Researchers identify cause of inherited form of extreme nearsightedness
"Why, Grandma, what big eyes you have!" Though similar in appearance, the hidden cause of those big eyes Little Red Riding Hood notices in Grimms' fairy tale has nothing to do with the hidden cause of enlarged eyeballs in buphthalmia, a genetic mechanism causing this devastating eye disease which has now been uncovered by Dr. Annabel Christ and Prof. Thomas Willnow from the Max Delbrück Center for Molecular Medicine in the Helmholtz Association (MDC). Patients afflicted are severely myopic, or nearsighted.
Babies' eyes are almost as large as those of an adult because human eyes grow very little after birth. Things are different with reptiles and fish. Their eyes grow constantly, although they have the same structure as mammalian eyes, i.e. those of humans. What inhibits the growth of mammalian eyes had not been previously understood. It was known, though, that excessive growth of human eyes leads to myopia or nearsightedness, since the eyeball becomes too long and the light falling on the eye cannot be focused on the retina.
Dr. Christ, who works as an independent Helmholtz Fellow at the MDC, and Prof. Willnow have now established the mechanism that restricts growth of the human eye and how it prevents myopia. The starting point for their study was a rare form of severe myopia in patients who have a mutation in LRP2 gene, encoding a receptor LRP2 in the retina. Scientists were also able to observe greatly enlarged eyes in mice lacking this LRP2 gene.
Working together with eye specialists of the Toronto Western Research Institute in Canada, and the Freie Universität Berlin, Dr. Christ, Prof. Willnow and their colleagues at MDC pursued the question of why a mutation in the LRP2 gene leads to uncontrolled growth of the mammalian eye. In a study published by the renowned scientific journal Developmental Cell, they now report that LPR2 sits in the stem cell niche of the mammalian retina. There, LRP2 ensures that this niche does not become overactive to cause overgrowth of the mammalian eyes. The counterpart for LRP2 in this process is a signaling molecule named Sonic Hedgehog (SHH for short) that triggers growth of stem cells in many tissues.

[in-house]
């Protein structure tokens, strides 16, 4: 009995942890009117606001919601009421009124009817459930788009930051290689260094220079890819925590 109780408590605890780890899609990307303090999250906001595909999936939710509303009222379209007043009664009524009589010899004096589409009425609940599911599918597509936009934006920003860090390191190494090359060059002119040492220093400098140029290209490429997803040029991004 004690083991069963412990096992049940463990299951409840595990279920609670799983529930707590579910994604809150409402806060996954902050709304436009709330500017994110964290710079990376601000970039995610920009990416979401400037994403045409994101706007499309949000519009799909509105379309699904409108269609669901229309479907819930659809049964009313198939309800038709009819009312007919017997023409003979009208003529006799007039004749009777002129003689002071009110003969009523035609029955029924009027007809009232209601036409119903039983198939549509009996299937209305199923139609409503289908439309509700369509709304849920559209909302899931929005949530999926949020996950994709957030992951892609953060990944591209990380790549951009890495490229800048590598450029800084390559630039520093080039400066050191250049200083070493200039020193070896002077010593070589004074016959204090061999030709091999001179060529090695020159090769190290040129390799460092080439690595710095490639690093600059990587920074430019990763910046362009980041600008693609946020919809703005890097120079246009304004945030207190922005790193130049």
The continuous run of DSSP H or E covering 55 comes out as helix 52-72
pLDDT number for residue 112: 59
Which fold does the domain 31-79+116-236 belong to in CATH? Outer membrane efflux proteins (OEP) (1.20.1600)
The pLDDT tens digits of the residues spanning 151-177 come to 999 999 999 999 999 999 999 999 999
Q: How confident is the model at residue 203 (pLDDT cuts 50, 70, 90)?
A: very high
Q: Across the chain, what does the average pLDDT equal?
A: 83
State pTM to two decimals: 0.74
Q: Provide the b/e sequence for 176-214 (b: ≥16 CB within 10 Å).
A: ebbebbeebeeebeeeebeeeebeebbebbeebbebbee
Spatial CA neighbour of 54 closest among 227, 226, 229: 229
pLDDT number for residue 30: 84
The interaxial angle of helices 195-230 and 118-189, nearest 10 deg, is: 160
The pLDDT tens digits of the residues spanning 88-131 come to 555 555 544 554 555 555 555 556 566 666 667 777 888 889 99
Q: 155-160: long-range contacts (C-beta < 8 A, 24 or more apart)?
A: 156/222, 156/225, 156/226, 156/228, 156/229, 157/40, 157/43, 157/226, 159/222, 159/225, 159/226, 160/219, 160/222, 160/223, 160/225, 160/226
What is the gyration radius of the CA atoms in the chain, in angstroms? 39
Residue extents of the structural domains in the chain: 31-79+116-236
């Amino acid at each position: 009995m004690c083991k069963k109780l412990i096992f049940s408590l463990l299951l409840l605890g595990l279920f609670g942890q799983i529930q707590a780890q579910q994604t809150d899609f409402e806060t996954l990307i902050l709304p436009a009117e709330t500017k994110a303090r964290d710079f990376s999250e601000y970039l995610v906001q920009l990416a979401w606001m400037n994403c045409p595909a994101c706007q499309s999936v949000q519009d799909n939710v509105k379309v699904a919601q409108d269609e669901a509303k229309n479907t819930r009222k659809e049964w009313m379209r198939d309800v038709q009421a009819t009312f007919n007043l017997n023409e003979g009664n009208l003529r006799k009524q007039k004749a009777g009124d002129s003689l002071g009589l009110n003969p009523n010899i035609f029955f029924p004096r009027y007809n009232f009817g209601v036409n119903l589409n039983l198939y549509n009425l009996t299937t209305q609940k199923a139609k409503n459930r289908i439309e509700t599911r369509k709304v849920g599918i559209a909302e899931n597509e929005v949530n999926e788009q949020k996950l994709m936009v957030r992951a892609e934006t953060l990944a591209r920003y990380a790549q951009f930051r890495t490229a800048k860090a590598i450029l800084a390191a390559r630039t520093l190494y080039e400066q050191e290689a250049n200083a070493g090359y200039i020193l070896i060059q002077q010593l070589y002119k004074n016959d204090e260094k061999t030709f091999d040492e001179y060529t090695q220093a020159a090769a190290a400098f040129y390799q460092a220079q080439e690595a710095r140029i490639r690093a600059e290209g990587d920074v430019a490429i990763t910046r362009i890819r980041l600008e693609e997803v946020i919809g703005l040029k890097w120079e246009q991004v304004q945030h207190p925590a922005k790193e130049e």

It has long been known that SHH controls development of the embryonic eye. It does so by stimulating the stem cells in the retina to proliferate and to differentiate into all cells types of the retina including rods and cones. As it turns out, LRP2 is specifically placed at the outer most margin of the retina in mammalian eyes. There, it intercepts SHH before the growth factor can reach the tip of the stem cell niche. In this way, the stem cells at the edge of the human retina are not stimulated to proliferate and eye growth is blocked. In patients who do not produce a functional LRP2 because the gene is mutated, SHH signals now make their way to the stem cell niche at the margin of the retina. The SHH molecules then activates the cells of this stem cell niche - and the eyeball enlarges greatly.